A Louisiana couple says they're being sued by their homeowners' association for refusing to take down a sign honoring their son's military service.

Timothy and Jodi Burr, of Bossier City, La., hung a banner on their front lawn in January after their son, 20-year-old Marine Corps Lance Cpl. Corey Burr, deployed to Afghanistan for 14 months. The 3-by-6-foot sign shows a picture of their son in uniform with the words: "Our son defends our freedom!"

Since then, the Burrs say they have received several letters from the Gardens of Southgate Association, Inc., requesting them to remove the banner because it violates subdivision covenants that prohibit homeowners from erecting signs in public view. The couple said they were served with a lawsuit a couple of weeks ago after they refused to take down the sign.  

"Our covenant states no sign on any lawn in view of the public," Jodi Burr said in an interview Monday with FoxNews.com.

But Burr called the association's lawsuit "selective enforcement," claiming that there are "numerous signs throughout the neighborhood" that have never been challenged by the association.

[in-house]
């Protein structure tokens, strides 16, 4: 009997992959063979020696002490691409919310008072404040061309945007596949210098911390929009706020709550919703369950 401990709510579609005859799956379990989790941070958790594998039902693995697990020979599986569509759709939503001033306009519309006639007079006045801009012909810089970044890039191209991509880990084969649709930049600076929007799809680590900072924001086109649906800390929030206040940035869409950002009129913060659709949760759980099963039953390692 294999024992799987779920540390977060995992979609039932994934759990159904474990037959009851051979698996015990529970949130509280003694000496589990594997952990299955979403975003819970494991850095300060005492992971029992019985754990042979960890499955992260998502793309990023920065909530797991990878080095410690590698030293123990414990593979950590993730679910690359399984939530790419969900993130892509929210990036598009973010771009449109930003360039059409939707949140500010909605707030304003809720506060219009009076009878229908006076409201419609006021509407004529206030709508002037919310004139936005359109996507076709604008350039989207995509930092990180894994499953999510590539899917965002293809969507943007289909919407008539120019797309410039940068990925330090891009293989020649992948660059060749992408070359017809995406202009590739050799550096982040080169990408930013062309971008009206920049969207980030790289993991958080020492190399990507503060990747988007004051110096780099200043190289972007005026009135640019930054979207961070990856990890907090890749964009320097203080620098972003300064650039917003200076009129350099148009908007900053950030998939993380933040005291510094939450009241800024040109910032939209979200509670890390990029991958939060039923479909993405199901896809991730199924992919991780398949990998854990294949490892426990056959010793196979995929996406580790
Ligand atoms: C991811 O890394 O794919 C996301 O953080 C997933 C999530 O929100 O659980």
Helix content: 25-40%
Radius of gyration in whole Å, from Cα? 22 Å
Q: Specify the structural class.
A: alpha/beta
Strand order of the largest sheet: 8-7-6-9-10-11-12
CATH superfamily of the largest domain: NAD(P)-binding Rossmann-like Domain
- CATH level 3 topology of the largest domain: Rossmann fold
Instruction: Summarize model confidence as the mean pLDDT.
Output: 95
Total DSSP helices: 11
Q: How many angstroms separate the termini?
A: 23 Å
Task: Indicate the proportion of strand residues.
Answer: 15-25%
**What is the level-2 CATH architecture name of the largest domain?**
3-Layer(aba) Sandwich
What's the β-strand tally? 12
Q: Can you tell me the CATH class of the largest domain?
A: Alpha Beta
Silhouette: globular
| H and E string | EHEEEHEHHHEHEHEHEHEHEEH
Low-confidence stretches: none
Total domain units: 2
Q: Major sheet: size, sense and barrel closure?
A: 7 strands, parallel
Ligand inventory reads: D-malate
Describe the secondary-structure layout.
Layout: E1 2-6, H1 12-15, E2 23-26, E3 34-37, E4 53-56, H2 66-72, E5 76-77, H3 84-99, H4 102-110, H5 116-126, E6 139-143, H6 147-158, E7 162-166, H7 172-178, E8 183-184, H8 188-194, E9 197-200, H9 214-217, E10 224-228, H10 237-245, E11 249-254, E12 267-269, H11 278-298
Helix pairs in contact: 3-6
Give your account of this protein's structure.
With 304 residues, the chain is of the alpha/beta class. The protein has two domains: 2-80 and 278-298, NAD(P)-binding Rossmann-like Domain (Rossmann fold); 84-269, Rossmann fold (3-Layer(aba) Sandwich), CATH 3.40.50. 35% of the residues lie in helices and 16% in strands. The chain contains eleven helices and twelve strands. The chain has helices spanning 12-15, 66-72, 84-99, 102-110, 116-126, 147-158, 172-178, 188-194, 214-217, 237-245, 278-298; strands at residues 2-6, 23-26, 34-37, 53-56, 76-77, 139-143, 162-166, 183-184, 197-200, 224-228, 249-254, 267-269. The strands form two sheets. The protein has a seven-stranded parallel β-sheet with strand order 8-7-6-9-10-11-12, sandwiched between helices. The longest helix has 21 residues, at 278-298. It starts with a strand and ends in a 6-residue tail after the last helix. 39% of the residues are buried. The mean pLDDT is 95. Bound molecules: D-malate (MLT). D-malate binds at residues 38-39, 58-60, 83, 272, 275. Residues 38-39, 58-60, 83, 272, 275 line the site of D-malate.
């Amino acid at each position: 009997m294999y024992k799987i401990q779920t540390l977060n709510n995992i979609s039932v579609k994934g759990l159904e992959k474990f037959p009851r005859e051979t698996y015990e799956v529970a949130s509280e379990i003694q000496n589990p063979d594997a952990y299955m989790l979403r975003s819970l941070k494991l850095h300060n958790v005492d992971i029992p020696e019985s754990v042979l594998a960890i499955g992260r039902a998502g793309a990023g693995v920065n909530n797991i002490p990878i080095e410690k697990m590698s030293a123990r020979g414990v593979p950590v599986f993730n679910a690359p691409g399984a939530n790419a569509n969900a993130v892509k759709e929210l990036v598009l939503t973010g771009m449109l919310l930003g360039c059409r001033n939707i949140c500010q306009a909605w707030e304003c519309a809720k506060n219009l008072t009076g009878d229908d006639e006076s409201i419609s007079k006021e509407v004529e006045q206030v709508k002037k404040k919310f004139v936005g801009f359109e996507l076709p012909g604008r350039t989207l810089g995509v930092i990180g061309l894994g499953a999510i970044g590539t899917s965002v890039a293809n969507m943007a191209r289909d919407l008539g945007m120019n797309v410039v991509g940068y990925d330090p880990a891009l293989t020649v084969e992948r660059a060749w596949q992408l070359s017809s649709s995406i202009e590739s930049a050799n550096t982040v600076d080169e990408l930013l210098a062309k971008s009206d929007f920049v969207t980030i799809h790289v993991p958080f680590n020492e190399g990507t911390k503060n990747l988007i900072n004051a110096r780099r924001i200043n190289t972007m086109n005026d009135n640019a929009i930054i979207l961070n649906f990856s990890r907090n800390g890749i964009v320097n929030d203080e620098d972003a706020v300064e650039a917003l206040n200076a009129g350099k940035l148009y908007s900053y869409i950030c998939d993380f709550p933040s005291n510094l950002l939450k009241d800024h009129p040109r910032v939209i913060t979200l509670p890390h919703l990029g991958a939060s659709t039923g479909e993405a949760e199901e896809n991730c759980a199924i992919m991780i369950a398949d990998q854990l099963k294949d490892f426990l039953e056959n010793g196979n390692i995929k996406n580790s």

"It shocks me greatly," Burr said, noting that lawns in the small military community -- situated right near the Barksdale Air Force Base -- have signs supporting everything from sports teams to local schools.

The covenants of the subdivision state that only real estate or builder signs are allowed in public view, but "there are even religious signs" seen in the neighborhood, she said.

Burr said she and her husband contacted the association several times, asking to meet with representatives to discuss possible revisions to the covenants. Burr also told FoxNews.com that she was willing to change the size of the banner, but never received a response. 

In a statement sent to FoxNews.com, Geoffrey D. Westmoreland, who represents the homeowners' association, said it supported and agreed with the sign's "message." 

"The message and the sign located in the Burrs front yard has nothing to do with the current legal dispute involving that sign," the statement said.  

Burr also said she believes the association's issue with the banner may be its size -- not its content.  

"I’m speculating, though it’s never been said to me, that it’s the size," she said. 

Burr said her family has no intention of removing the banner. 

FoxNews.com's Cristina Corbin contributed to this report